People received support to ensure they enjoyed a balanced and nutritious diet. Staff worked with healthcare professionals to ensure people’s continued good health and wellbeing.

People were supported by staff who were caring and understood the importance of delivering person centre care that promoted and developed people’s independence. People’s privacy and dignity was respected as was their individuality, which was recognised and celebrated. People were supported to maintain and develop positive relationships with people who were important to them.

People enjoyed living the lives they chose and this involved having active social lives. Activities were developed around individual preferences, likes and hobbies. Staff recognised the importance of social engagement and contact and encouraged it in daily planning. Staff were creative in developing activities designed around people’s abilities, cultures and preferences.

People who used the service, and their friends and relatives, shared information effectively with the registered manager and the staff team to ensure they received a responsive service. People told us they were able to raise concerns and felt these would be acted on by the registered manager. The provider had a system t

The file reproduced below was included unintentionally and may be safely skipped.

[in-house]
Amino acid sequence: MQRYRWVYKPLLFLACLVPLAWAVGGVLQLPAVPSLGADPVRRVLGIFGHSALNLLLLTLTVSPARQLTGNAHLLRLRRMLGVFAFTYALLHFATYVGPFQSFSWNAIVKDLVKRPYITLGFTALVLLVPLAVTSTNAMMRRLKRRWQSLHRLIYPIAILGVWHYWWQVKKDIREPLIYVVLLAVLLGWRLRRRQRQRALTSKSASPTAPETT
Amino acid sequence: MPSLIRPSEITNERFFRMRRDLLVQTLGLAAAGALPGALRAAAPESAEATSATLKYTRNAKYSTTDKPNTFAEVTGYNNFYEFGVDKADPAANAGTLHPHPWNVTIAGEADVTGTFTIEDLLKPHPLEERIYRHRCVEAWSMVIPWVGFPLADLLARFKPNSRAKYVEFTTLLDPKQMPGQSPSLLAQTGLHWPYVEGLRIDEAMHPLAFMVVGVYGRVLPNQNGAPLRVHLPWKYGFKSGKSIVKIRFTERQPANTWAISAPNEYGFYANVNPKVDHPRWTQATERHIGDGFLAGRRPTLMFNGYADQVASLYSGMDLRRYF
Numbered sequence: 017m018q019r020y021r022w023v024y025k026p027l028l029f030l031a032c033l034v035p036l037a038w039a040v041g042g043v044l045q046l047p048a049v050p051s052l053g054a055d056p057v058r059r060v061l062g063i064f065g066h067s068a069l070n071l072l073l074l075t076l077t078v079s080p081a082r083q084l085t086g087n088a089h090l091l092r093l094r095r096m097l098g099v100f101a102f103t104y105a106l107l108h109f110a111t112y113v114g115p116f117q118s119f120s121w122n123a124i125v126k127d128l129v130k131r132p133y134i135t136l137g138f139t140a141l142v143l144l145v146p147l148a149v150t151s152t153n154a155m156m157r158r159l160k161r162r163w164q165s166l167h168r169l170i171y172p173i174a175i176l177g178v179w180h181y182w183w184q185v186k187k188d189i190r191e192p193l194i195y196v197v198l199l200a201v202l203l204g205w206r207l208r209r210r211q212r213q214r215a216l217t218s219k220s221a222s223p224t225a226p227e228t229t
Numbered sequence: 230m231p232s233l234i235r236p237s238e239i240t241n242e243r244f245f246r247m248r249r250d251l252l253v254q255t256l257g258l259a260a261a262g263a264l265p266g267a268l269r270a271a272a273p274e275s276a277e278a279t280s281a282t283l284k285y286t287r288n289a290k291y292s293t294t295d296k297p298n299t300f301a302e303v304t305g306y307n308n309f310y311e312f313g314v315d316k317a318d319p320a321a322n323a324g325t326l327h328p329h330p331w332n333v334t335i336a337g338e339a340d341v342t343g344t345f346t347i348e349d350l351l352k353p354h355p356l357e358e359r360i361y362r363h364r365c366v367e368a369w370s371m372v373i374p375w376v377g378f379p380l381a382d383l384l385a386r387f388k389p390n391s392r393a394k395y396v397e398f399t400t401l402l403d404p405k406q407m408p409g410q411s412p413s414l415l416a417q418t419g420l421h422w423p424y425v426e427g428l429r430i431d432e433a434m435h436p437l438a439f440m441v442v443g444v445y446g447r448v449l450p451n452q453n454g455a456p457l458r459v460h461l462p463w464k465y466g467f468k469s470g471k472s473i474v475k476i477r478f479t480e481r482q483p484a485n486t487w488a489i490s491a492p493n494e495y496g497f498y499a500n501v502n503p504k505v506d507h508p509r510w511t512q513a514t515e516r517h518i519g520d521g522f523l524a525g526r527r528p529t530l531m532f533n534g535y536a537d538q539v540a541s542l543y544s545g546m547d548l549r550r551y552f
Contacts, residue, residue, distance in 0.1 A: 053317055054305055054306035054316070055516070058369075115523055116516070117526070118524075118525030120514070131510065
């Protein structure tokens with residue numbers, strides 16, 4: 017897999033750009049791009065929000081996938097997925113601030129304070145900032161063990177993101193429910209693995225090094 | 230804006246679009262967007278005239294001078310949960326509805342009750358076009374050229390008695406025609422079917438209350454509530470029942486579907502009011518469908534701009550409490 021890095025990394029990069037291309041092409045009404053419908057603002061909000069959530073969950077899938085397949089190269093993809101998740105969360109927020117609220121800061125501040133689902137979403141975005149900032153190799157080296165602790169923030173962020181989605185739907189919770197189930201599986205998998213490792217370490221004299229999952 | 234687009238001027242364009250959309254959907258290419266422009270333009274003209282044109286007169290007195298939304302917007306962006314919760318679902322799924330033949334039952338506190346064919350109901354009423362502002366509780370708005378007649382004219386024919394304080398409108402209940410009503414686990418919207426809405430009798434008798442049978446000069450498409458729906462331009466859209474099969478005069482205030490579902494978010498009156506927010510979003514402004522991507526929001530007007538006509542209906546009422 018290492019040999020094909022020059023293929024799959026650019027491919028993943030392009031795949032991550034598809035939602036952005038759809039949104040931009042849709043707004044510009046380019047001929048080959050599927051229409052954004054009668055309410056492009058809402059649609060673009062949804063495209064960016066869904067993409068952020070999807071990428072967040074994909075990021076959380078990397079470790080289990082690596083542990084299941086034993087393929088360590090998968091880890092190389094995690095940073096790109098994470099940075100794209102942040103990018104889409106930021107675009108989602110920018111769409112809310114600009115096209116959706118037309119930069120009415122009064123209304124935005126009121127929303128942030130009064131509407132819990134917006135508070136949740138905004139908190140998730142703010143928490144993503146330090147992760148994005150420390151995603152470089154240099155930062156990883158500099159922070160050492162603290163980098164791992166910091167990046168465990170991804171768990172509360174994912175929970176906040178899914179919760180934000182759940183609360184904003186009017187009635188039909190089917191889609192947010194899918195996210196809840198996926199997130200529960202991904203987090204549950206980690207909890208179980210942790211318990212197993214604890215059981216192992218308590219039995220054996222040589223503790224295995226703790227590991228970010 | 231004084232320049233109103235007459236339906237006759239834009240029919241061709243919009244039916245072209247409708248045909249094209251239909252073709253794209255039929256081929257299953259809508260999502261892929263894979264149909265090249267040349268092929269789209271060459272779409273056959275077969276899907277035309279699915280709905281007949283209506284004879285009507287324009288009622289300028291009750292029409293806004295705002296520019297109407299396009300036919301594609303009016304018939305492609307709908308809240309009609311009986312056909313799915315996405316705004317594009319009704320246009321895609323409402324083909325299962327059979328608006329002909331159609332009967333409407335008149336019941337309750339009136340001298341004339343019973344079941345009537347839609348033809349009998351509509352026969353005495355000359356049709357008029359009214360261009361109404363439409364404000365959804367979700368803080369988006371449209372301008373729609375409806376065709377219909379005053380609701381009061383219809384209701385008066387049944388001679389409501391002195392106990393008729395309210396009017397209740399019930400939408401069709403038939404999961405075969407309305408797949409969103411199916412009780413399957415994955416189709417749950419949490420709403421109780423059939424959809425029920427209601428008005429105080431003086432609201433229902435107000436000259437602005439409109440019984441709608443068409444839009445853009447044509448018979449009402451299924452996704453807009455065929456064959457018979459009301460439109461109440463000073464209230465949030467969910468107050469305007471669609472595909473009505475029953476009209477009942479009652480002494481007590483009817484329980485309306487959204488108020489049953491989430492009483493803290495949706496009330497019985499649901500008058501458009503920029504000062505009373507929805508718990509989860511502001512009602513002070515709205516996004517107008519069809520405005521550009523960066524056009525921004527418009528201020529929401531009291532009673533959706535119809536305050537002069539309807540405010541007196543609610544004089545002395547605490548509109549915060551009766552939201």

Inspection carried out on 19 December 2013

During a routine inspection

Holcombe House is the office from which Vision Homes runs its domiciliary care service for people with learning disabilities. At the time of our visit, the service was providing support for two people twenty four hours a day in their own homes.

We were not able to speak with either of the people who received a service because of their disabilities, but we did speak with the relative of one. They were very pleased with the service. They told us, “It’s as good as it gets”, and that it was, “An absolutely positive experience”.

We found that staff supported people to be as independent as possible. Staff understood the people they cared for very well and respected their decisions and choices.

Care plans were very person centred and had been produced with input from the people concerned and their relatives where appropriate. We saw good evidence of regularly reviewed risk assessments to help keep people safe.